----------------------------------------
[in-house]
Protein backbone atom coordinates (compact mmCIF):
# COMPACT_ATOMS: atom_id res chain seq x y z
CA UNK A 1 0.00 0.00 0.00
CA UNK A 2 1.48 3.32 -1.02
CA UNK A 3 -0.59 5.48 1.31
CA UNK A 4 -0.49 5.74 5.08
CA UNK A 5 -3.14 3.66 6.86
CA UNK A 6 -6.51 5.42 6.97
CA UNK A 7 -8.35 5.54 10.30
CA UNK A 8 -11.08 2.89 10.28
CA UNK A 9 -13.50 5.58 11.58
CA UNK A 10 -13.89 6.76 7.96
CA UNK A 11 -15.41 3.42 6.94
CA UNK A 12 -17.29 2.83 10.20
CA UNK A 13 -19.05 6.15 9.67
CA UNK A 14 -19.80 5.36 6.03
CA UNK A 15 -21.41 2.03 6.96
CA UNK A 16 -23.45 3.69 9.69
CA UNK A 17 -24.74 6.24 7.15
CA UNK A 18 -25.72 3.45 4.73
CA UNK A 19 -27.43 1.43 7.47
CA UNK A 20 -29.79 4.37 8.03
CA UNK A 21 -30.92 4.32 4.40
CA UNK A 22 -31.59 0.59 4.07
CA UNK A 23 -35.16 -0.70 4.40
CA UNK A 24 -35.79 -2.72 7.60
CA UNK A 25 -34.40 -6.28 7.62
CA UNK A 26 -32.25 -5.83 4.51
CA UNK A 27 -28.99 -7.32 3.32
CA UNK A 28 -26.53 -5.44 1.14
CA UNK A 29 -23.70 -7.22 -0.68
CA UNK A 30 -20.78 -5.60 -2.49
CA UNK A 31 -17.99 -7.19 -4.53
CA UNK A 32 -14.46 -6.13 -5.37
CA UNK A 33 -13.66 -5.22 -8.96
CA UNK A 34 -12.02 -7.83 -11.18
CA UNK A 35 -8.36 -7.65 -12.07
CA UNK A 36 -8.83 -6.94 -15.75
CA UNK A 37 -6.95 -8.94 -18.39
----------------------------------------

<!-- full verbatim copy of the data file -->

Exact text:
[in-house]
Protein backbone atom coordinates (compact mmCIF):
# COMPACT_ATOMS: atom_id res chain seq x y z
CA UNK A 1 0.00 0.00 0.00
CA UNK A 2 1.48 3.32 -1.02
CA UNK A 3 -0.59 5.48 1.31
CA UNK A 4 -0.49 5.74 5.08
CA UNK A 5 -3.14 3.66 6.86
CA UNK A 6 -6.51 5.42 6.97
CA UNK A 7 -8.35 5.54 10.30
CA UNK A 8 -11.08 2.89 10.28
CA UNK A 9 -13.50 5.58 11.58
CA UNK A 10 -13.89 6.76 7.96
CA UNK A 11 -15.41 3.42 6.94
CA UNK A 12 -17.29 2.83 10.20
CA UNK A 13 -19.05 6.15 9.67
CA UNK A 14 -19.80 5.36 6.03
CA UNK A 15 -21.41 2.03 6.96
CA UNK A 16 -23.45 3.69 9.69
CA UNK A 17 -24.74 6.24 7.15
CA UNK A 18 -25.72 3.45 4.73
CA UNK A 19 -27.43 1.43 7.47
CA UNK A 20 -29.79 4.37 8.03
CA UNK A 21 -30.92 4.32 4.40
CA UNK A 22 -31.59 0.59 4.07
CA UNK A 23 -35.16 -0.70 4.40
CA UNK A 24 -35.79 -2.72 7.60
CA UNK A 25 -34.40 -6.28 7.62
CA UNK A 26 -32.25 -5.83 4.51
CA UNK A 27 -28.99 -7.32 3.32
CA UNK A 28 -26.53 -5.44 1.14
CA UNK A 29 -23.70 -7.22 -0.68
CA UNK A 30 -20.78 -5.60 -2.49
CA UNK A 31 -17.99 -7.19 -4.53
CA UNK A 32 -14.46 -6.13 -5.37
CA UNK A 33 -13.66 -5.22 -8.96
CA UNK A 34 -12.02 -7.83 -11.18
CA UNK A 35 -8.36 -7.65 -12.07
CA UNK A 36 -8.83 -6.94 -15.75
CA UNK A 37 -6.95 -8.94 -18.39